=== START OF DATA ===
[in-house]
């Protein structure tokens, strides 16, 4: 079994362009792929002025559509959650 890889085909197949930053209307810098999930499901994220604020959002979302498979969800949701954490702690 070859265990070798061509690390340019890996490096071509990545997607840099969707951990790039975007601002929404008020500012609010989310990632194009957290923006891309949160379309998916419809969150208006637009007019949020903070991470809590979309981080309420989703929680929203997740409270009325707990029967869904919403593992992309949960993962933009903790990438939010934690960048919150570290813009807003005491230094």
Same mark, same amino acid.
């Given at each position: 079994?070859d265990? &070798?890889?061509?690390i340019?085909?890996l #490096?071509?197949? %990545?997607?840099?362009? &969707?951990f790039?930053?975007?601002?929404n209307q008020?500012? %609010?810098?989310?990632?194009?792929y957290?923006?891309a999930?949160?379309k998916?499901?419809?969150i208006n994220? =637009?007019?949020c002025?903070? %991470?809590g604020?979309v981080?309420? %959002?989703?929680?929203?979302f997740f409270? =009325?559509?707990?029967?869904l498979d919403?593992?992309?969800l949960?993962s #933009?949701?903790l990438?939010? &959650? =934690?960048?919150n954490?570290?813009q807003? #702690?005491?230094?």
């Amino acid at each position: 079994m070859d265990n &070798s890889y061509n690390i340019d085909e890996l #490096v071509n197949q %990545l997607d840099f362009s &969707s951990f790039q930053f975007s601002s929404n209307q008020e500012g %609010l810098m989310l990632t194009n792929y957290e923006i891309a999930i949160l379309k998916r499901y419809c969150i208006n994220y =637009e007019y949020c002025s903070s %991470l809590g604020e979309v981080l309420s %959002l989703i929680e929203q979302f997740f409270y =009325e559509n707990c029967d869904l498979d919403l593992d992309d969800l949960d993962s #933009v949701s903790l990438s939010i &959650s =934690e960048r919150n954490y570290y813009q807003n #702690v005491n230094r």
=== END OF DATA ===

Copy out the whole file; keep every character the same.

[in-house]
């Protein structure tokens, strides 16, 4: 079994362009792929002025559509959650 890889085909197949930053209307810098999930499901994220604020959002979302498979969800949701954490702690 070859265990070798061509690390340019890996490096071509990545997607840099969707951990790039975007601002929404008020500012609010989310990632194009957290923006891309949160379309998916419809969150208006637009007019949020903070991470809590979309981080309420989703929680929203997740409270009325707990029967869904919403593992992309949960993962933009903790990438939010934690960048919150570290813009807003005491230094």
Same mark, same amino acid.
């Given at each position: 079994?070859d265990? &070798?890889?061509?690390i340019?085909?890996l #490096?071509?197949? %990545?997607?840099?362009? &969707?951990f790039?930053?975007?601002?929404n209307q008020?500012? %609010?810098?989310?990632?194009?792929y957290?923006?891309a999930?949160?379309k998916?499901?419809?969150i208006n994220? =637009?007019?949020c002025?903070? %991470?809590g604020?979309v981080?309420? %959002?989703?929680?929203?979302f997740f409270? =009325?559509?707990?029967?869904l498979d919403?593992?992309?969800l949960?993962s #933009?949701?903790l990438?939010? &959650? =934690?960048?919150n954490?570290?813009q807003? #702690?005491?230094?």
């Amino acid at each position: 079994m070859d265990n &070798s890889y061509n690390i340019d085909e890996l #490096v071509n197949q %990545l997607d840099f362009s &969707s951990f790039q930053f975007s601002s929404n209307q008020e500012g %609010l810098m989310l990632t194009n792929y957290e923006i891309a999930i949160l379309k998916r499901y419809c969150i208006n994220y =637009e007019y949020c002025s903070s %991470l809590g604020e979309v981080l309420s %959002l989703i929680e929203q979302f997740f409270y =009325e559509n707990c029967d869904l498979d919403l593992d992309d969800l949960d993962s #933009v949701s903790l990438s939010i &959650s =934690e960048r919150n954490y570290y813009q807003n #702690v005491n230094r």